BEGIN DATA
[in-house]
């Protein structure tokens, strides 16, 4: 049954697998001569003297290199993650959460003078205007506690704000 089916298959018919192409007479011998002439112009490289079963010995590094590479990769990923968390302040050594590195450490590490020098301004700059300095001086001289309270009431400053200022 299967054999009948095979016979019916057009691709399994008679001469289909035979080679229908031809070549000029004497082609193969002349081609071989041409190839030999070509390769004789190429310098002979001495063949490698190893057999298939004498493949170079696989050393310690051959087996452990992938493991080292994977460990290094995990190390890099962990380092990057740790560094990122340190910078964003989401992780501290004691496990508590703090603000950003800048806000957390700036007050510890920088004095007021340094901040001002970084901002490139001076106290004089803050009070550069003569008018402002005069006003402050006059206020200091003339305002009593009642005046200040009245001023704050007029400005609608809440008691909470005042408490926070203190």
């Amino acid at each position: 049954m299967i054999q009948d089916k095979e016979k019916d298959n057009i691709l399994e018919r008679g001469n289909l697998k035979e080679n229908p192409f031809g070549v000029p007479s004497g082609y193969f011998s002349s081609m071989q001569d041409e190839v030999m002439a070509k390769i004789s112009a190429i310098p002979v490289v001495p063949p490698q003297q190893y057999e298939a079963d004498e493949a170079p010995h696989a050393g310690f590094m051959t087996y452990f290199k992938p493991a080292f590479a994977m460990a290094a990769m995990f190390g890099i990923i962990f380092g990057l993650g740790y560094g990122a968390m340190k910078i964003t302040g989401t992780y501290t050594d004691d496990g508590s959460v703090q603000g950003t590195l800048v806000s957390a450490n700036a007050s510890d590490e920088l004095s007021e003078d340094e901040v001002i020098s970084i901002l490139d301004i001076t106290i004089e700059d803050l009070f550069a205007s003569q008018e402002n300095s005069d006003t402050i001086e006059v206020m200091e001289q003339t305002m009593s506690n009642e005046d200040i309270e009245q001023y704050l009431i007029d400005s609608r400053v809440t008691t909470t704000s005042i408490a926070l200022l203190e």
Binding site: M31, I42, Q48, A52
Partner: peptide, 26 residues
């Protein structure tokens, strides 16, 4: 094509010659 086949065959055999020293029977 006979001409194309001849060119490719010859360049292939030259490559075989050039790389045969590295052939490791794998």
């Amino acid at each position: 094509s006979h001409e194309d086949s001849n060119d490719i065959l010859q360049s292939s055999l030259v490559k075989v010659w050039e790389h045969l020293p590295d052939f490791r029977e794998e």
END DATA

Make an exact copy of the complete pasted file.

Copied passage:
[in-house]
């Protein structure tokens, strides 16, 4: 049954697998001569003297290199993650959460003078205007506690704000 089916298959018919192409007479011998002439112009490289079963010995590094590479990769990923968390302040050594590195450490590490020098301004700059300095001086001289309270009431400053200022 299967054999009948095979016979019916057009691709399994008679001469289909035979080679229908031809070549000029004497082609193969002349081609071989041409190839030999070509390769004789190429310098002979001495063949490698190893057999298939004498493949170079696989050393310690051959087996452990992938493991080292994977460990290094995990190390890099962990380092990057740790560094990122340190910078964003989401992780501290004691496990508590703090603000950003800048806000957390700036007050510890920088004095007021340094901040001002970084901002490139001076106290004089803050009070550069003569008018402002005069006003402050006059206020200091003339305002009593009642005046200040009245001023704050007029400005609608809440008691909470005042408490926070203190």
């Amino acid at each position: 049954m299967i054999q009948d089916k095979e016979k019916d298959n057009i691709l399994e018919r008679g001469n289909l697998k035979e080679n229908p192409f031809g070549v000029p007479s004497g082609y193969f011998s002349s081609m071989q001569d041409e190839v030999m002439a070509k390769i004789s112009a190429i310098p002979v490289v001495p063949p490698q003297q190893y057999e298939a079963d004498e493949a170079p010995h696989a050393g310690f590094m051959t087996y452990f290199k992938p493991a080292f590479a994977m460990a290094a990769m995990f190390g890099i990923i962990f380092g990057l993650g740790y560094g990122a968390m340190k910078i964003t302040g989401t992780y501290t050594d004691d496990g508590s959460v703090q603000g950003t590195l800048v806000s957390a450490n700036a007050s510890d590490e920088l004095s007021e003078d340094e901040v001002i020098s970084i901002l490139d301004i001076t106290i004089e700059d803050l009070f550069a205007s003569q008018e402002n300095s005069d006003t402050i001086e006059v206020m200091e001289q003339t305002m009593s506690n009642e005046d200040i309270e009245q001023y704050l009431i007029d400005s609608r400053v809440t008691t909470t704000s005042i408490a926070l200022l203190e």
Binding site: M31, I42, Q48, A52
Partner: peptide, 26 residues
């Protein structure tokens, strides 16, 4: 094509010659 086949065959055999020293029977 006979001409194309001849060119490719010859360049292939030259490559075989050039790389045969590295052939490791794998």
């Amino acid at each position: 094509s006979h001409e194309d086949s001849n060119d490719i065959l010859q360049s292939s055999l030259v490559k075989v010659w050039e790389h045969l020293p590295d052939f490791r029977e794998e």